Sometimes it’s hard to tell what’s real anymore. Fake merchandise is everywhere, from fake handbags to ripoffs of name brand shoes, and even counterfeit iPhones. But I have to say I was really shocked when I found out that much of what passes for honey in U.S. retail markets may in fact be something else, or at the very least can’t be analyzed or verified as to its authenticity or origin.
This isn’t exactly new news, but it is still newsworthy to me. As reported a little over a year ago, tests by scientists have shown that fully 75% of all honey sold in U.S. grocery stores has had the pollen filtered out by a process known as ultra-filtering. This process involves heating the honey and then forcing it under high pressure through extremely small filters to remove the pollen particles. I’ve included a link to a list of the brands of honey found without any pollen, and it includes some big names like Sue Bee, Kroger and Giant Eagle. So then you might be wondering, why does this matter to you and me?
For one thing, the pollen in honey is part of what makes it a natural product. A bee hive is a bustling combination of factory, nursery and living quarters. Workers bees are coming and going throughout the day gathering nectar and pollen from various flower sources. The pollen is used as a source of protein for the developing brood, while the nectar is turned into honey or fed directly to the larvae. The pollen and nectar are stored separately in the hive, but some pollen does find it’s way into the finished honey. And to the bees, that’s not a bad thing at all. And to most consumers of honey it’s just fine too.
Another reason to be concerned about the removal of pollen is that it makes the source of the honey impossible to track. That has allowed for unscrupulous producers to use honey from places like China and India where the honey can often be contaminated with antibiotics, pesticides and heavy metals. The ultra-filtering of honey serves like a money laundering deal that obscures the original location, since the presence of pollen particles from foreign plants would reveal the source of the honey when examined under the microscope. It also allows countries like China to avoid trade restrictions by shipping honey to third party countries, who then ship it on to the U.S.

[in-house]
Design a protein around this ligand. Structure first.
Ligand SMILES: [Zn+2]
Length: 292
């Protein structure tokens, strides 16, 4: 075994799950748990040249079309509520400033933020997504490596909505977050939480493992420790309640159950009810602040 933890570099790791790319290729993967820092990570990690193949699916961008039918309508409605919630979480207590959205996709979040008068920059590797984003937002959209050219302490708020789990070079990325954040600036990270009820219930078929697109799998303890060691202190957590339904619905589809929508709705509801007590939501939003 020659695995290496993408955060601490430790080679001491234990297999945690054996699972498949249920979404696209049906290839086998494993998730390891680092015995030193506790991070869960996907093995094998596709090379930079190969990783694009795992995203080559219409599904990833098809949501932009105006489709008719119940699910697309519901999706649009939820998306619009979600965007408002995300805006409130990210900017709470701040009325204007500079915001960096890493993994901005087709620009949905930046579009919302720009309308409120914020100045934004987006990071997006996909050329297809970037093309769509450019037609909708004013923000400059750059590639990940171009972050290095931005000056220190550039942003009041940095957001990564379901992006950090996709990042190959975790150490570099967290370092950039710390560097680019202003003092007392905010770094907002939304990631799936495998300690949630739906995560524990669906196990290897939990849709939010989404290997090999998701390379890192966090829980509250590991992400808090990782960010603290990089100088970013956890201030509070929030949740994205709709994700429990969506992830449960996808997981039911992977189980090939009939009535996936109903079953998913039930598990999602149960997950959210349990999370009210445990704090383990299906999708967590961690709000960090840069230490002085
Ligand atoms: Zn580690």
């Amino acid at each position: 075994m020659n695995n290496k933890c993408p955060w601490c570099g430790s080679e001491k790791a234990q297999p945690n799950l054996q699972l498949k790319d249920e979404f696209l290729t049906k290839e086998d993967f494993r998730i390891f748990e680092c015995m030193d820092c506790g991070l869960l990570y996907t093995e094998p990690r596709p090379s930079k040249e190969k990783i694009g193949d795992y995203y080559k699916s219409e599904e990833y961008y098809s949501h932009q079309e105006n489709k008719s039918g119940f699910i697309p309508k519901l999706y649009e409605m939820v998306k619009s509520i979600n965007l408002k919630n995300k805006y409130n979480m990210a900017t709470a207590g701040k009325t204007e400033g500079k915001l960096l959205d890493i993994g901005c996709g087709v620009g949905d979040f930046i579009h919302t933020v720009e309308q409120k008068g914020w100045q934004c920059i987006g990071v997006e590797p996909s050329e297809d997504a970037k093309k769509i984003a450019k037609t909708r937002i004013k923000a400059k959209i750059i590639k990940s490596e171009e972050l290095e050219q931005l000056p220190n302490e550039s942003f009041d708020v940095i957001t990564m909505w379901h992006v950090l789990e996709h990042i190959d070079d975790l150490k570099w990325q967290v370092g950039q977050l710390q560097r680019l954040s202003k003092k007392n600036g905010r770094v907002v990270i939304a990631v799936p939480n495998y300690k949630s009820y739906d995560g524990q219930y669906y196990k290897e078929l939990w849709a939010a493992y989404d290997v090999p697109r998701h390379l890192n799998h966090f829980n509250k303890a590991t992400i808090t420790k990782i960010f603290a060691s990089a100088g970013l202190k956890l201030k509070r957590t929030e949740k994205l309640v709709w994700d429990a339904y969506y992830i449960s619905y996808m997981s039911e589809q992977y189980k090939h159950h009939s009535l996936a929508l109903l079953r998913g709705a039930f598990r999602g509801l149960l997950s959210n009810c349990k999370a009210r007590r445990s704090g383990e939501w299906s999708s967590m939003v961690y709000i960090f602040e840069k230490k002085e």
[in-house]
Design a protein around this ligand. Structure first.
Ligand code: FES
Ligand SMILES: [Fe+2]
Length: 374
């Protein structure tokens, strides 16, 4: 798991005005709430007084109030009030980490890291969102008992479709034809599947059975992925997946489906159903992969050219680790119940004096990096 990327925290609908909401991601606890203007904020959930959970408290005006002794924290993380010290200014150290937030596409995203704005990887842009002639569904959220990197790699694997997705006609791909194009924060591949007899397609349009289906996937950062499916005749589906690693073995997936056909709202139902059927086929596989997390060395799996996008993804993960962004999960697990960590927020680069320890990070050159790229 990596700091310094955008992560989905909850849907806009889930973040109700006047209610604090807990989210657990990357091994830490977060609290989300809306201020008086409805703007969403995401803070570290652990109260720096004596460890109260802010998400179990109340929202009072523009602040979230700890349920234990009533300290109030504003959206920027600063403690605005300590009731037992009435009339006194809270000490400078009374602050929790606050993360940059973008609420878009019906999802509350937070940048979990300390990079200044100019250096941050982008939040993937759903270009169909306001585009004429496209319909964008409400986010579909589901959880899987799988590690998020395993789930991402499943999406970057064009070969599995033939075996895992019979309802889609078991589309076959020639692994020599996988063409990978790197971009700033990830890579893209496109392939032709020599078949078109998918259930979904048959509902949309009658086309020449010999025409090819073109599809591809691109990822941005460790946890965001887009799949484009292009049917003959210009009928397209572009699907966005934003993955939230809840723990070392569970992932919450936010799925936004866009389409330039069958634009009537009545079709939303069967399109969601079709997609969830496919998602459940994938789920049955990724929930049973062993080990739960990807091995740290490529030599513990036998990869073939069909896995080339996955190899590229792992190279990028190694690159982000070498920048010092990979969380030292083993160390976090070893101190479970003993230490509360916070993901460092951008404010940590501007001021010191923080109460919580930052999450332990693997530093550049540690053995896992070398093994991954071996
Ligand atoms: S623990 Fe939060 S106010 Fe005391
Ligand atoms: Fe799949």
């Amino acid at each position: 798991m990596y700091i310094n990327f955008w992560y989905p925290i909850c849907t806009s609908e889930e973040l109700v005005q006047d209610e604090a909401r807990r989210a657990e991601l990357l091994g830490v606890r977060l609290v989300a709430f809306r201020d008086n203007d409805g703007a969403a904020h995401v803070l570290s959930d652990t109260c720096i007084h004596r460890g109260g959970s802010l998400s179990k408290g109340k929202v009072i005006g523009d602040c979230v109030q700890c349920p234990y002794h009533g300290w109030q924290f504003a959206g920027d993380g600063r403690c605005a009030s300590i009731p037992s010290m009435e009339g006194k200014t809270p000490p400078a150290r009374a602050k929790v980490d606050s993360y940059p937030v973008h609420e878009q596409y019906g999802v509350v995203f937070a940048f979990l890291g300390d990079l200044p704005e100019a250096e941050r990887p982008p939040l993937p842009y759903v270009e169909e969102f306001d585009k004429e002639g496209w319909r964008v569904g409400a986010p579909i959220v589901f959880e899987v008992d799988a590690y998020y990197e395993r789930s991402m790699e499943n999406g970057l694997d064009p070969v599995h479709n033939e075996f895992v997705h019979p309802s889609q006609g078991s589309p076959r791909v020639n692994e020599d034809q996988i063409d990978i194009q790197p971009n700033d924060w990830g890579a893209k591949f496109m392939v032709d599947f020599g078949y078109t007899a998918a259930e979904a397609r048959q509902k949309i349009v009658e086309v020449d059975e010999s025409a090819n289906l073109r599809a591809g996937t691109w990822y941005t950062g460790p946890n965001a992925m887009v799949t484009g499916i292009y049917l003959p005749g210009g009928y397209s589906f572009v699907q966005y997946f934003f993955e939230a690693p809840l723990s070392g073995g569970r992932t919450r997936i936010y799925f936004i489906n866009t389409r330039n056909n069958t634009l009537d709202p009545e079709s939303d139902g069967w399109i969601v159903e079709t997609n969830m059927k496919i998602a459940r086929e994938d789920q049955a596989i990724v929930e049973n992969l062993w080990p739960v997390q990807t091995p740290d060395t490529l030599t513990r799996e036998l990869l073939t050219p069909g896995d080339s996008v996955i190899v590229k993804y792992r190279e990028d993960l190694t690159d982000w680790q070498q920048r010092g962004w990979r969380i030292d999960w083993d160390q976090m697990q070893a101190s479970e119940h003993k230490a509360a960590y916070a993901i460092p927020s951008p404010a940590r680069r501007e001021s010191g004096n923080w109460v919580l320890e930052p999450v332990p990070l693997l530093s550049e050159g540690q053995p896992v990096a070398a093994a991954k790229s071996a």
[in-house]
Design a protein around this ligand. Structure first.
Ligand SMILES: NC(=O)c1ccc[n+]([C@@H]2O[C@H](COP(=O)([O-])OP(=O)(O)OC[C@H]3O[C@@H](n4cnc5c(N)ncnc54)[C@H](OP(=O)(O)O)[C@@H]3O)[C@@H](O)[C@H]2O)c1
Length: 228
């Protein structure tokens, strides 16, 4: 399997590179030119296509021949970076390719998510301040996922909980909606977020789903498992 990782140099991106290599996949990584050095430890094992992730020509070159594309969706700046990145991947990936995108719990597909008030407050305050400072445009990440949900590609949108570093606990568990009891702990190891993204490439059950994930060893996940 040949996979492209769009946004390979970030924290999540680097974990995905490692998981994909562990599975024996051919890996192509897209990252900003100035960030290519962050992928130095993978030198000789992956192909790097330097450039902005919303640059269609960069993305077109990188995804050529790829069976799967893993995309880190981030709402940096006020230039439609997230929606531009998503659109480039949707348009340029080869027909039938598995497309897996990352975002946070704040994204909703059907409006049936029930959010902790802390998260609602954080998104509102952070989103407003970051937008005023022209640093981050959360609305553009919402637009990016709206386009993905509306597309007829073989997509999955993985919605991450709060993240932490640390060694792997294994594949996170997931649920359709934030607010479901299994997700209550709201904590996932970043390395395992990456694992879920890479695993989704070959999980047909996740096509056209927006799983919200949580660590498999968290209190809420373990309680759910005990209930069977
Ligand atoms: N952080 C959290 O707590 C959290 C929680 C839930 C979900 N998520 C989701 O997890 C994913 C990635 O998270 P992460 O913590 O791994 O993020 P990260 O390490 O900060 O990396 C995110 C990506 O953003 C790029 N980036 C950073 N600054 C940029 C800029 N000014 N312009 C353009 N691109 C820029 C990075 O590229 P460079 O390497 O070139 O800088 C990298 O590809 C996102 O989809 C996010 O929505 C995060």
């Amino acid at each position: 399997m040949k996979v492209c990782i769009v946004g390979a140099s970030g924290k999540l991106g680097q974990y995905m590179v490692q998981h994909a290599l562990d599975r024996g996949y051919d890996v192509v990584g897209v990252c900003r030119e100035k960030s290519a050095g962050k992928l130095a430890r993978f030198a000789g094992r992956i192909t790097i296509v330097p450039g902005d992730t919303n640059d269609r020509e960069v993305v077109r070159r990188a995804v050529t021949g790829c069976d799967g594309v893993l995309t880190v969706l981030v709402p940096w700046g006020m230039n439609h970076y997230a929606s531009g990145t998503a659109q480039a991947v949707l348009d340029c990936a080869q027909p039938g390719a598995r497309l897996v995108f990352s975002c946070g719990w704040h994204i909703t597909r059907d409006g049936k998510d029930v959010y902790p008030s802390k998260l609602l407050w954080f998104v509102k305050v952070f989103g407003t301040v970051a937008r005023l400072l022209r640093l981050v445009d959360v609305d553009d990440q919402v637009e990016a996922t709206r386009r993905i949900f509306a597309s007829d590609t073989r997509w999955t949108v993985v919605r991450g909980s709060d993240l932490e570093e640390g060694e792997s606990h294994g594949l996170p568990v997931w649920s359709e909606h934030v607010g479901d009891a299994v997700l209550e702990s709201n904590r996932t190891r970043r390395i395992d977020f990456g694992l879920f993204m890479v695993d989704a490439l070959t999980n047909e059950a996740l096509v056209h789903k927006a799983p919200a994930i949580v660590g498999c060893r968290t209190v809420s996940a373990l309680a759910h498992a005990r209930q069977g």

But not everyone agrees that mass-marketed honey has really been ultra-filtered. This article from the National Honey Board tries to assure consumers that most U.S. honey has only been filtered using methods approved by the USDA’s standards for extracted honey. The Honey Board states that U.S. consumers actually prefer a product that “is the clear, golden liquid honey that has been strained or filtered to remove undesirable particles that make honey cloudy”.
I don’t really doubt the Honey Board’s claim that most U.S. consumers prefer a clear, light, filtered honey product. And there’s nothing wrong with that. Everyone has different taste preferences, and there’s no real right or wrong when it comes to taste. But not everyone prefers that kind of honey, me included. Many of us actually prefer a honey that is not homogenous – you know, one with a little character all its own. And many like me prefer a honey that hasn’t been processed at all except for a little straining to remove pieces of wax and any bits of foreign materials.
So what’s the best way to get real honey that hasn’t been over-processed and ultra-filtered? My advice is to find honey from a local beekeeper, and ask some questions! One good place to start is at farmer’s markets. Beekeepers often sell their honey there, and most will be happy to answer your questions. Remember that there is no legal definition for “raw honey” in the U.S., so anyone can make that claim with no proof required. Former KY state apiarist Phil Craft says that in his experience most local, small-scale beekeepers don’t heat their honey above 100°F, which is no higher than temperatures might get inside a beehive in summer. Heating the honey a little bit helps it flow faster, which saves time when you’re filling a lot of jars. So you might want to ask the beekeeper if the honey is heated, and how it has been filtered.
For what it’s worth, we don’t heat our honey at all before we put it in jars. With the small amounts we usually are dealing with, we can wait a little bit for the honey to flow. We also strain it through a 200 micron filter that allows any pollen to remain in the honey. I also have to say that none of our honey is cloudy looking either, despite the lack of processing. And in case you are wondering, we at Happy Acres are not in the business of selling our honey. Our production is limited, and most of it is consumed by us. We do share some of our honey with special friends and neighbors, but there isn’t enough to go around for everyone. Keeping bees is a hobby for me, not a business.
And truth be told, I still like to sample other beekeeper’s honey, especially when I get a chance to meet the beekeeper and talk ‘shop’. Every honey crop is unique, and some are truly exceptional. Of course, us beekeepers don’t make the honey ourselves, because only bees can make honey. I like to support local growers whenever possible, and that includes those selling honey. I hope the next time you buy honey you consider supporting your local beekeeper. It’s the best way I know of to make sure you really know what’s in that honey jar!